It’s normal to be stressed when we don’t get our way. After all, frustration—being prevented from reaching our goals—is one of the leading causes of stress, along with pressure, conflict and change. Also, because resources in organizations are limited, we need to lobby, argue, and engage in conflict to get our way. If you’re still employed, it’s probably because you’re successful at getting your way, or you’re doing a job that a machine or an artificial intelligence can’t do, yet. Scary, isn’t it?
Most leaders listen to the expertise of others to make decisions. But how do leaders make the best decision when the experts disagree with each other? When experts disagree, it doesn’t mean that their expert opinions are equally right, or that there can’t be one better answer because one answer must be just as good as the other. Here, leaders know there is one better answer because actions matter. Action based on one expert opinion will turn out better for the organization than action based on another.
leaders encourage conflict and competition
When experts disagree with each other, leaders encourage conflict and competition. Leaders know the value of contrasting different decision-making models. They know that in choosing a particular model, they are choosing what data to include and what to leave out. That’s why it’s the decision making process that usually determines the outcome, not the facts. Also, leaders know the value of testing competing solutions. Watching two or more approaches grind through a complex problem is a sure way to separate the effective from the flop.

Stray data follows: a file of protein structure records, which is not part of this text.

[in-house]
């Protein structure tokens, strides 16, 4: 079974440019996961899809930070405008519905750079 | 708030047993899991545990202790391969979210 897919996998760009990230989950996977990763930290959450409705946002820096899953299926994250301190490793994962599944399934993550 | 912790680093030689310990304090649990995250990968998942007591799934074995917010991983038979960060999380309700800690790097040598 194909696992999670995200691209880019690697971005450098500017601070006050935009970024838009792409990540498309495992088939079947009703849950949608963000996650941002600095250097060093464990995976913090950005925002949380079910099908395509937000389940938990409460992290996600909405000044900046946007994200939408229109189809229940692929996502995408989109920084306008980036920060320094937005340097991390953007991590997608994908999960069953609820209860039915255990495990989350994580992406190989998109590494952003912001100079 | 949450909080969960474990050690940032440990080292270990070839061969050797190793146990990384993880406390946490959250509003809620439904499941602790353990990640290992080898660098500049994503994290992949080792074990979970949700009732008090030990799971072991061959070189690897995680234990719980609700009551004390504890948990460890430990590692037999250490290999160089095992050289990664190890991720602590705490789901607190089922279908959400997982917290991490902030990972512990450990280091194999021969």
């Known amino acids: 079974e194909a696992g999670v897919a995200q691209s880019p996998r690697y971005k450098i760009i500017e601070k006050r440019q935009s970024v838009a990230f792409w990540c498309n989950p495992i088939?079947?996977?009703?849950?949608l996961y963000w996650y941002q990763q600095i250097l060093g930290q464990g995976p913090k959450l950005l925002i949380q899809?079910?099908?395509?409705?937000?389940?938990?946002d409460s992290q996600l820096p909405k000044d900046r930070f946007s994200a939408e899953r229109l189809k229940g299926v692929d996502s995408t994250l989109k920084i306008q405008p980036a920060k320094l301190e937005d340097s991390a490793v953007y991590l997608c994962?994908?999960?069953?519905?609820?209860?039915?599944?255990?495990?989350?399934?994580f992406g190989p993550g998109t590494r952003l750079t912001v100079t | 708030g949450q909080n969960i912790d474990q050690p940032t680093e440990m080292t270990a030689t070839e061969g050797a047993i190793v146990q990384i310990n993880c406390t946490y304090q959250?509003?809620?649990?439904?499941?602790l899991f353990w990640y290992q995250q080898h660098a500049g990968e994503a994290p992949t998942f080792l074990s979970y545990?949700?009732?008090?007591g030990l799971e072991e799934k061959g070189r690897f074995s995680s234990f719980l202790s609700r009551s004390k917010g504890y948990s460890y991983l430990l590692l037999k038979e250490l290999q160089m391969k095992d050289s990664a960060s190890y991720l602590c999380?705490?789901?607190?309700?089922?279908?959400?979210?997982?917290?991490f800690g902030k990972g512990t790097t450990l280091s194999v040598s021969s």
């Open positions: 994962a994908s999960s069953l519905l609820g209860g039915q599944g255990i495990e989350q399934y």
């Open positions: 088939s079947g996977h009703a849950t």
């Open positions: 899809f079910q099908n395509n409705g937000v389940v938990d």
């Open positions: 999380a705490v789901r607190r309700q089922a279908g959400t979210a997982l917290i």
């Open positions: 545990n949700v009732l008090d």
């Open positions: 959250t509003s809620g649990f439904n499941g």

some leaders can confidently draw on their own experience
In the end, leaders have to rely on their own expertise. The idea that you need little technical expertise to be a good leader falls apart when the experts disagree. If experts never agree with each other, some leaders can confidently draw on their own experience to make a decision in the midst of uncertainty. Organizations without leaders who have adequate experience often slide into endless analysis paralysis. They forever aim at the target, but never pull the trigger.
Leaders do all these things because they understand how experts behave. Experts have strongly-held opinions in a narrow area. Experts are often poorly informed about expertise that they consider irrelevant to their own and are biased against it. To maintain their status and livelihood as an expert, they must argue against the opinions of others; if they lose those arguments, then the other becomes the expert. Competition among experts is fierce.
For example, let’s imagine deciding how to spend money to improve security at a nuclear power station. Let’s also imagine that this same nuclear power station has been losing money and needs to reduce its workforce. The civil engineering team has done a study that shows that the necessary security improvement can be achieved by improving physical security: fences, barricades, etc. However, the IT team has done a study that shows, for the same amount of money, the same improvement in security can be realized through electronic surveillance. Furthermore, each team can show why their proposal is better than the competing proposal. And, what if the team selected to implement their proposal will not be impacted by the workforce reduction? These experts will likely do everything they can to get their way.
In this example, the decision will have to be made by leaders who value conflict and competition in their workforce, and who know enough about the security problem to protect the organization from endless analysis. It might not be fun, but the work will get done.